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CISPA Is "Dead for Now," Thanks to a Left-Right Coalition for Online Privacy

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Source: The Nation


A web surfer in silhouette. (AP Photo)

What brings the most seriously libertarian Republican in the US House, Michigan's Justin Amash, together with Congressional Progressive Caucus co-chair Keith Ellison, D-Minnesota?

What unites long-time Ronald Reagan aide Dana Rohrabacher, R-California, with liberal firebrand Alan Grayson, D-Florida?

What gets steadily conservative former House Judiciary Committee chair James Sensenbrenner, R-Wisconsin, together with progressive former House Judiciary Committee chair John Conyers Jr., D-Michigan?

The Fourth Amendment to the Constitution, which has for 222 years promised that "the right of the people to be secure in their persons, houses, papers, and effects, against unreasonable searches and seizures, shall not be violated, and no Warrants shall issue, but upon probable cause, supported by Oath or affirmation, and particularly describing the place to be searched, and the persons or things to be seized."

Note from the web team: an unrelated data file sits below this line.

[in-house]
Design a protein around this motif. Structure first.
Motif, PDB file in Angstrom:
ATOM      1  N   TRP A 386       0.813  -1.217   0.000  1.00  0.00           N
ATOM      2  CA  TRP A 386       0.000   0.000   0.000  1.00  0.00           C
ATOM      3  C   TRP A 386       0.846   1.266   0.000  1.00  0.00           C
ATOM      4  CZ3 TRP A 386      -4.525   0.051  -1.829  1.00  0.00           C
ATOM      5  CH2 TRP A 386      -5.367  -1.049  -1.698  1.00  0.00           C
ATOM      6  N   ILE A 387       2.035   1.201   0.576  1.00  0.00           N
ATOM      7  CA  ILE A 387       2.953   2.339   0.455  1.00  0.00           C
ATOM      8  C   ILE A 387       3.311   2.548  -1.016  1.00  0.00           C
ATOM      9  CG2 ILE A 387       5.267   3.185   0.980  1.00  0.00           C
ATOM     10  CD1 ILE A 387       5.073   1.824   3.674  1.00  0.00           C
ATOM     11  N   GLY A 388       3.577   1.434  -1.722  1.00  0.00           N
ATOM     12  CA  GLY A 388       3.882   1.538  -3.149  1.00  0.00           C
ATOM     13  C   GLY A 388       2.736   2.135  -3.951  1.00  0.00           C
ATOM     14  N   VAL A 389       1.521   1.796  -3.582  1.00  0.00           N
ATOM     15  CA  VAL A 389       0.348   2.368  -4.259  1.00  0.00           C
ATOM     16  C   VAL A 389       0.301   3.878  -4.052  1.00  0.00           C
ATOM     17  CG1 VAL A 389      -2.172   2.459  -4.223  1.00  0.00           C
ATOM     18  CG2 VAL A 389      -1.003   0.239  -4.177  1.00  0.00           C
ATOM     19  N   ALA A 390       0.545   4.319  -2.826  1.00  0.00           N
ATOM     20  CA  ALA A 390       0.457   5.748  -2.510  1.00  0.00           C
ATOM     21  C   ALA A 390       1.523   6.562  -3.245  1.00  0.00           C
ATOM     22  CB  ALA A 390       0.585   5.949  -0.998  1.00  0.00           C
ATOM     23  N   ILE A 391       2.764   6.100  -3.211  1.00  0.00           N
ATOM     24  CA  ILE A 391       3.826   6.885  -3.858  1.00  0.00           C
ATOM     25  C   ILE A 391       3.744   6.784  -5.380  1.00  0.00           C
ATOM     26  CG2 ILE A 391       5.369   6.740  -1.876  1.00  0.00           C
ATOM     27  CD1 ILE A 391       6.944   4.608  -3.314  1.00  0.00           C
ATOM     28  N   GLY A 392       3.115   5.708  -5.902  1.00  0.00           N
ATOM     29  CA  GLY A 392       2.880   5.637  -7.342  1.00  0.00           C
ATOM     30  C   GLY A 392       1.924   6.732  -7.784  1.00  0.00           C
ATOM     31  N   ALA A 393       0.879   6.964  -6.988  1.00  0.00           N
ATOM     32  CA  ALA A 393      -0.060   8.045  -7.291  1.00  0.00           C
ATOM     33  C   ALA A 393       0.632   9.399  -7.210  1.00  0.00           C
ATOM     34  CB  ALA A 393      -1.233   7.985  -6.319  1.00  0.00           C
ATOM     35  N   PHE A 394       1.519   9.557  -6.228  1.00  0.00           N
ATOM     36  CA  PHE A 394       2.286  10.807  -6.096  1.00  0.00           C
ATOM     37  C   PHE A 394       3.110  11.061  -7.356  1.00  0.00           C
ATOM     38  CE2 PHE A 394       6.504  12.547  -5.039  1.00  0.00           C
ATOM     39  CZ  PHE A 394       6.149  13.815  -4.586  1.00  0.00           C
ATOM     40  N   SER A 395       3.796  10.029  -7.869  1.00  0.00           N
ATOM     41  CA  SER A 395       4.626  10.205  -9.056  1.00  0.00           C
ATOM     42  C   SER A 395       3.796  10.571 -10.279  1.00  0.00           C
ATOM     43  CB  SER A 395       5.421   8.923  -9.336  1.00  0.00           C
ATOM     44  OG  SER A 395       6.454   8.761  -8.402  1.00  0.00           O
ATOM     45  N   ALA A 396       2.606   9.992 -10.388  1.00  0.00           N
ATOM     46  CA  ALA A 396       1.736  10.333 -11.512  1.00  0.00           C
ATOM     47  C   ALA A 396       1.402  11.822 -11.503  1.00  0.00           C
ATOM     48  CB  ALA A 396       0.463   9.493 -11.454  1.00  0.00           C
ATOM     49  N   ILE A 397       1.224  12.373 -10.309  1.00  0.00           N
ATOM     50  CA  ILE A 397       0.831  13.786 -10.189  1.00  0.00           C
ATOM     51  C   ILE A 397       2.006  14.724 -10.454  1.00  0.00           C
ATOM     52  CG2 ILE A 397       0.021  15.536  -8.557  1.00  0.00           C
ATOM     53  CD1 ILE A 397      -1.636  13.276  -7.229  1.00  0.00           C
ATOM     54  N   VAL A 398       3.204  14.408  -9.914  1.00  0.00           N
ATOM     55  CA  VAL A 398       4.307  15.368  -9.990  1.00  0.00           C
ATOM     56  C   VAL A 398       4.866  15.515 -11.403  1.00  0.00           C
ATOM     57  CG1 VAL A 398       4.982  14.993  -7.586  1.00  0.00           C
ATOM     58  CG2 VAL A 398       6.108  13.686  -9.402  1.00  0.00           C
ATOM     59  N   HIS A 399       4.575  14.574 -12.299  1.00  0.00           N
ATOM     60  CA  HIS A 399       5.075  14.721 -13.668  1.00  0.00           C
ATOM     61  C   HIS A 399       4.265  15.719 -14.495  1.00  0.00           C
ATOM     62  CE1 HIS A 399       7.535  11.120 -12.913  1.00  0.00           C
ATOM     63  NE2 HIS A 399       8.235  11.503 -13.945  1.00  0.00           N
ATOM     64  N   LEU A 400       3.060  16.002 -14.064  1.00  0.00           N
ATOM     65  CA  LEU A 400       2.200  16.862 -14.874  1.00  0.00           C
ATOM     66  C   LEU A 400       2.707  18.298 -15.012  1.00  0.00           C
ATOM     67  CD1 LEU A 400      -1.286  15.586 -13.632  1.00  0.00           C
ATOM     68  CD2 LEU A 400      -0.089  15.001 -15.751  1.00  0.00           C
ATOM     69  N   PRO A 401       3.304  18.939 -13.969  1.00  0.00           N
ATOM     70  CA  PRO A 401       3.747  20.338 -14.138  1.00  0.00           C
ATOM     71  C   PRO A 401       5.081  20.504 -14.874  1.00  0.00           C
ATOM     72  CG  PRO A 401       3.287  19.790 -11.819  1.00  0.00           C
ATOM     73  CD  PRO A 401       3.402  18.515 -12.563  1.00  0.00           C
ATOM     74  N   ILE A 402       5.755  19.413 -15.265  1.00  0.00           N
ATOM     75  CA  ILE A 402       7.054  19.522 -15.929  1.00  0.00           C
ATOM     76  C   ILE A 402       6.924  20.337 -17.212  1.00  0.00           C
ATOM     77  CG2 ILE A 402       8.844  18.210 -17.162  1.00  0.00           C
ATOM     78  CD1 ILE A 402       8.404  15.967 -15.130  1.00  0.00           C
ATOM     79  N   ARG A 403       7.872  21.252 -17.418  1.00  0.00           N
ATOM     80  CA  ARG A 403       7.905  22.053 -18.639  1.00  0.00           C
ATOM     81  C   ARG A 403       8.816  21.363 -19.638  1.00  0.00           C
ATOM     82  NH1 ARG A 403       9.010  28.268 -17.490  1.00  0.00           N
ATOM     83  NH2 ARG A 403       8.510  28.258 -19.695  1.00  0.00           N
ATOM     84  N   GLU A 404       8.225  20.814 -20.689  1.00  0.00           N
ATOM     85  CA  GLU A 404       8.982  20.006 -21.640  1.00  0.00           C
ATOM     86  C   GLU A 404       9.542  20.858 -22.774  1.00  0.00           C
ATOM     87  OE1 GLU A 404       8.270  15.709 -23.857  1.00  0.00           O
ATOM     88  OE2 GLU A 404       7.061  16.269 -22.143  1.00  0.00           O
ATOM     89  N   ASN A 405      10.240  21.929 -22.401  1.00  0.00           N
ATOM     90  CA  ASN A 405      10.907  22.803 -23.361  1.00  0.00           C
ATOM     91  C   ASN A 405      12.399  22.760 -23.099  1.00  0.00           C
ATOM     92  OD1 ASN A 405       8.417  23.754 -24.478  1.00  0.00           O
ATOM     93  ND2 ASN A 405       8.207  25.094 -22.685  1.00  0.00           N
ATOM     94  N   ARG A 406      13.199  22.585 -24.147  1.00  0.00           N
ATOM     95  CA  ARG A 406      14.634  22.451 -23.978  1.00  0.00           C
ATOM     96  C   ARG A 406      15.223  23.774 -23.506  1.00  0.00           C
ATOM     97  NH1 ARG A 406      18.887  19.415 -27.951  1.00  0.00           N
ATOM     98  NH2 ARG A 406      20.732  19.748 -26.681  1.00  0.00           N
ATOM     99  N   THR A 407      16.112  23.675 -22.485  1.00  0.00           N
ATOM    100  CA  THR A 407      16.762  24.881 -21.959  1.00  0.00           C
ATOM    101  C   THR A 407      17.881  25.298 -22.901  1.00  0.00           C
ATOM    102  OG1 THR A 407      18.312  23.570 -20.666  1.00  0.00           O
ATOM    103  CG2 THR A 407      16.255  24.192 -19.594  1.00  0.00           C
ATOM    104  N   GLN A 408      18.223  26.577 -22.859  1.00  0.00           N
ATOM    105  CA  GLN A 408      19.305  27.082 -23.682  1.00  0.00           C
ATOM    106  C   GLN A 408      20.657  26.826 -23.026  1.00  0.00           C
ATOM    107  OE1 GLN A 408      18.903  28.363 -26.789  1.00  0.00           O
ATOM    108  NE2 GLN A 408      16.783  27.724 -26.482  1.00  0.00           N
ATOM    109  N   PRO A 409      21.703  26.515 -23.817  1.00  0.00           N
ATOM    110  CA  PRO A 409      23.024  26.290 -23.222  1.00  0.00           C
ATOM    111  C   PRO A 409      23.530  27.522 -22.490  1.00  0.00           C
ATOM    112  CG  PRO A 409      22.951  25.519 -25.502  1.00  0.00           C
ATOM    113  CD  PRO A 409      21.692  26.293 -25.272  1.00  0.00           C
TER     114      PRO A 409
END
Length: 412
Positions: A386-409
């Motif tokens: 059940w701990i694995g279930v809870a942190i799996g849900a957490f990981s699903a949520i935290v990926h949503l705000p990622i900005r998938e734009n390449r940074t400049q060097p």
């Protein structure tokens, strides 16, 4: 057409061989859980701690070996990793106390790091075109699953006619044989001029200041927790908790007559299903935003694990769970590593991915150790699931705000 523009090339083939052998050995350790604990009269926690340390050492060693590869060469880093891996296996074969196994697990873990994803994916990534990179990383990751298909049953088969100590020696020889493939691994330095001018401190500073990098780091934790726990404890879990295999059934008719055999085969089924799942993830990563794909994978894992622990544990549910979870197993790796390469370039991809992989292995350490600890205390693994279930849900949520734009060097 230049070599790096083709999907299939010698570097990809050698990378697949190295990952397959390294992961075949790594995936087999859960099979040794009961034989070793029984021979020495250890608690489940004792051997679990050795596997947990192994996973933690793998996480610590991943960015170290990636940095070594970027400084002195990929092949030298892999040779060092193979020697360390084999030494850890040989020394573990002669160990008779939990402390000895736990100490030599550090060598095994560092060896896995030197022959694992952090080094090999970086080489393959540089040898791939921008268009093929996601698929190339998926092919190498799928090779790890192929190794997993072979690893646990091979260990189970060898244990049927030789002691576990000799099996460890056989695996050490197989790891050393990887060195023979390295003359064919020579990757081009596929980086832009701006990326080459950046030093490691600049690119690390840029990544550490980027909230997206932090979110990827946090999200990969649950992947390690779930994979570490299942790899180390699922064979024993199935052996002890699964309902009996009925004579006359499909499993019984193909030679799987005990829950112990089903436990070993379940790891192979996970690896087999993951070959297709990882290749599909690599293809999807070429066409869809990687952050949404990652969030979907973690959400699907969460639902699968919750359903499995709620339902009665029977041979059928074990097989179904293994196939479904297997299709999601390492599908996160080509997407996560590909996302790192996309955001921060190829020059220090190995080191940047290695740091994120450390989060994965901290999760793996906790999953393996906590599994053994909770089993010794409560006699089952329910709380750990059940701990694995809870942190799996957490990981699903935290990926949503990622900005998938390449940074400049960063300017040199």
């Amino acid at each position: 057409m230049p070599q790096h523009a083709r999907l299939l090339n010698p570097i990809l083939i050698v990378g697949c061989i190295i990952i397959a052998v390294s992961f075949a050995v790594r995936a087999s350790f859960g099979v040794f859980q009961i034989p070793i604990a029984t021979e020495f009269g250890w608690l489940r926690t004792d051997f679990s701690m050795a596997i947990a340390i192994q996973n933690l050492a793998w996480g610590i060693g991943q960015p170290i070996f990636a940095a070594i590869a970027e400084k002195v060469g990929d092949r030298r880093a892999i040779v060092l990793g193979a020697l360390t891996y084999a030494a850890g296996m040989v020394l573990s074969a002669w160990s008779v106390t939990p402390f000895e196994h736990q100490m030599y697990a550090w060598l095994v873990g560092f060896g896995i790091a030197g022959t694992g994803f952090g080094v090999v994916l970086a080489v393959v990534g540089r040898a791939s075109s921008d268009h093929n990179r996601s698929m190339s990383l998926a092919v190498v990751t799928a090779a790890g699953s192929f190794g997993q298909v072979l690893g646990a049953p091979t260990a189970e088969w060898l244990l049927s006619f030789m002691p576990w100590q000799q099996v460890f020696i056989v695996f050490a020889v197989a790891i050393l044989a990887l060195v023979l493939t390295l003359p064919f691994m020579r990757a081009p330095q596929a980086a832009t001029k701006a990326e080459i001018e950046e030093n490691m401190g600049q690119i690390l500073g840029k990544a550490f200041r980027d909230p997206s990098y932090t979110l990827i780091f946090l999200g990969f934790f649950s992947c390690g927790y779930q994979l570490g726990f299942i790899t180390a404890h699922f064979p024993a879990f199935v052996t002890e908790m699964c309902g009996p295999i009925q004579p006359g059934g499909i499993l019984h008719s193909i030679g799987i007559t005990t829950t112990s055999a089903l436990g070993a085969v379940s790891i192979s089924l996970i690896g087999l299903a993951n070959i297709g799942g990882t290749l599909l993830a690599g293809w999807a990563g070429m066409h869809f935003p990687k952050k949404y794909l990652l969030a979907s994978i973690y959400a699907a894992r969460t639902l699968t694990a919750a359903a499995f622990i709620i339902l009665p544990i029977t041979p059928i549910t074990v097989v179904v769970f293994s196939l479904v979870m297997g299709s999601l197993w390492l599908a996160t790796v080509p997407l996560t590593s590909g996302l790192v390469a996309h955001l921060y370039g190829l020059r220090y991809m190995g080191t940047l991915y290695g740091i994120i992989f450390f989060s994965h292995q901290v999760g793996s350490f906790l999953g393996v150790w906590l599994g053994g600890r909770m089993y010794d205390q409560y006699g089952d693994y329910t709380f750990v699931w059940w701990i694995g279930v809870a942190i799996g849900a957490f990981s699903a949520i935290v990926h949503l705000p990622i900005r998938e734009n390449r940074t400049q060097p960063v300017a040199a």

That's an old commitment that members of Congress swear an oath to uphold.

But members of the House on the right and the left have concluded -- correctly -- that it applies to the most modern of technologies.

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Amash and Ellison, Rohrabacher and Grayson, Sensenbrenner and Conyers were among the 127 members of the House (98 Democrats and 29 Republicans) who last week voted against the Cyber Intelligence Sharing and Protection Act.

Described by the Electronic Frontier Foundation as "Digital Big Brother," CISPA is a sweeping proposal to bypass existing privacy law to enable corporations to spy on personal communications and to pass sensitive user data to the government.

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John Nichols, a pioneering political blogger, has written the Online Beat since 1999. His posts have been circulated internationally, quoted in numerous books and mentioned in debates on the floor of Congress.

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